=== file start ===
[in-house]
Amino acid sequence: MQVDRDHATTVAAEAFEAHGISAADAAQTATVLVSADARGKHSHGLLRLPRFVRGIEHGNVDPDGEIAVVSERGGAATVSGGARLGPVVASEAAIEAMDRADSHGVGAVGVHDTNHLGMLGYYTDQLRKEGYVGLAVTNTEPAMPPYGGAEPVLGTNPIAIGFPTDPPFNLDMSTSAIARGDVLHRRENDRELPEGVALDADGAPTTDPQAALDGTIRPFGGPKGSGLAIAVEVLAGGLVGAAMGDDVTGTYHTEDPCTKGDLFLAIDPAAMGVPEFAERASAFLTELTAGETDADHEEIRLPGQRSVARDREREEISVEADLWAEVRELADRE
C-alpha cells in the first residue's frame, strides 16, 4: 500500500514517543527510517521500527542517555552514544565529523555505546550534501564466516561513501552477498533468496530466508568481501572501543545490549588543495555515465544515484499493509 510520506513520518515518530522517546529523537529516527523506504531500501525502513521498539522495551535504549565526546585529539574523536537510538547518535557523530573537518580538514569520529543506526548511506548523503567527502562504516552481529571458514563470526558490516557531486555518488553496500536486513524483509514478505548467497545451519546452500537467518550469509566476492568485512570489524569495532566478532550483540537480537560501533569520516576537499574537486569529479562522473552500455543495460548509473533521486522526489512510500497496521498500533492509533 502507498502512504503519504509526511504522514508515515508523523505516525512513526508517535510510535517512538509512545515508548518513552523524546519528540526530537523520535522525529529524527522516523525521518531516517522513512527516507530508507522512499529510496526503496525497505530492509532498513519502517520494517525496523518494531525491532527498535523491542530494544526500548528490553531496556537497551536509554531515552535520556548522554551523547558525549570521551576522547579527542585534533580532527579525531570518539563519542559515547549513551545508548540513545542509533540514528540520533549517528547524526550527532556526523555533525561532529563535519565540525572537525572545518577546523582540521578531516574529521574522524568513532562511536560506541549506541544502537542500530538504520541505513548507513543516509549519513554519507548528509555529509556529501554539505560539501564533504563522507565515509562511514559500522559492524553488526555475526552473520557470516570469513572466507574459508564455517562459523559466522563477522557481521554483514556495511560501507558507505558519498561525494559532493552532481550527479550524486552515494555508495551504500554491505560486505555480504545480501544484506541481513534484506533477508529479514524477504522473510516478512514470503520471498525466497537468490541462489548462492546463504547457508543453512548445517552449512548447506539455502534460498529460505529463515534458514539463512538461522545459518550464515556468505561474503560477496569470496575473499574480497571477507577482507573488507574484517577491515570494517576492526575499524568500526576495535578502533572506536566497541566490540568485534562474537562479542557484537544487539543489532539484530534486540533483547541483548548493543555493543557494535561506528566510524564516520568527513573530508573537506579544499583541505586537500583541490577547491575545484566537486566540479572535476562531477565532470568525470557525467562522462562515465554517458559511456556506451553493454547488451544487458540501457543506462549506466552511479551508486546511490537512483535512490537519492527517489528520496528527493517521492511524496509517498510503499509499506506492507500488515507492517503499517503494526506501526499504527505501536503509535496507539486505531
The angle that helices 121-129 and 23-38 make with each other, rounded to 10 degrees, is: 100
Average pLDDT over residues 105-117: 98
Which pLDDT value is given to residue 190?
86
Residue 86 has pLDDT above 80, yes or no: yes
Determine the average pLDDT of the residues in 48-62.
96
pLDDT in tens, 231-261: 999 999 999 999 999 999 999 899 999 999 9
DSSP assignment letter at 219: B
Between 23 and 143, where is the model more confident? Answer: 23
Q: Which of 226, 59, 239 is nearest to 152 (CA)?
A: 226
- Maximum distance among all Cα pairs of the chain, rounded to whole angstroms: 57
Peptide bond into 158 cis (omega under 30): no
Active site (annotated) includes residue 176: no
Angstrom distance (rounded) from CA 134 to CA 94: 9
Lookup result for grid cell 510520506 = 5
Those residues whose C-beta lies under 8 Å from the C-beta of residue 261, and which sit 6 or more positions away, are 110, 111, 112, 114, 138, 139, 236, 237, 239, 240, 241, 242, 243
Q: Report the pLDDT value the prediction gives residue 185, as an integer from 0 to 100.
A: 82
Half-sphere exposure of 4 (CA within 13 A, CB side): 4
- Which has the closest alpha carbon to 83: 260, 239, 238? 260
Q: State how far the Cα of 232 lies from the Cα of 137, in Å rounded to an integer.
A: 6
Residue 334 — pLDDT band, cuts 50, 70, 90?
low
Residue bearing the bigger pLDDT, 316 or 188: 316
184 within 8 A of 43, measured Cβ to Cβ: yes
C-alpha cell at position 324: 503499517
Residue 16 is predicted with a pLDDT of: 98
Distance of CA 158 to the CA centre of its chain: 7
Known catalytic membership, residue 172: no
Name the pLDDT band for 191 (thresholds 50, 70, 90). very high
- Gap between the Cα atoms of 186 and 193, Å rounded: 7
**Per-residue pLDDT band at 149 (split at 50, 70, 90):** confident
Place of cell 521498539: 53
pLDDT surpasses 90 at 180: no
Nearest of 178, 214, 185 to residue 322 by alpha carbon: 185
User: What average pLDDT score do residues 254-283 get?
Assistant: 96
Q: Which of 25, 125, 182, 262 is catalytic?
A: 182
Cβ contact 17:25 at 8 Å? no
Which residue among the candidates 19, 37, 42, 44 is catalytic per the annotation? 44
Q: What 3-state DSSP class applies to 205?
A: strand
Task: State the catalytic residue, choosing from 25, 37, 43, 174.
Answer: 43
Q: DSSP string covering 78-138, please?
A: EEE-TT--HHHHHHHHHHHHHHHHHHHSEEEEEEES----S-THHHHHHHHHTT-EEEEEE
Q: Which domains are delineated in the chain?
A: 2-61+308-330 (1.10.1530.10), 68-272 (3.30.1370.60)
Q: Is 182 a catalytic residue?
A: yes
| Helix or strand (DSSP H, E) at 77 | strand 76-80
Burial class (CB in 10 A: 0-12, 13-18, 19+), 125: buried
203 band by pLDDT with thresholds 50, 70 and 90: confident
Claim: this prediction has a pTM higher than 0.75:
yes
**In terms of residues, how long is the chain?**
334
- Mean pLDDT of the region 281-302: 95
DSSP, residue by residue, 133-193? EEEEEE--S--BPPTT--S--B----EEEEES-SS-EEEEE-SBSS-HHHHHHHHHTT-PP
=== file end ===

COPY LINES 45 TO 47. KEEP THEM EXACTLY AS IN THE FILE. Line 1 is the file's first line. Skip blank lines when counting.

A: 182
Cβ contact 17:25 at 8 Å? no
Which residue among the candidates 19, 37, 42, 44 is catalytic per the annotation? 44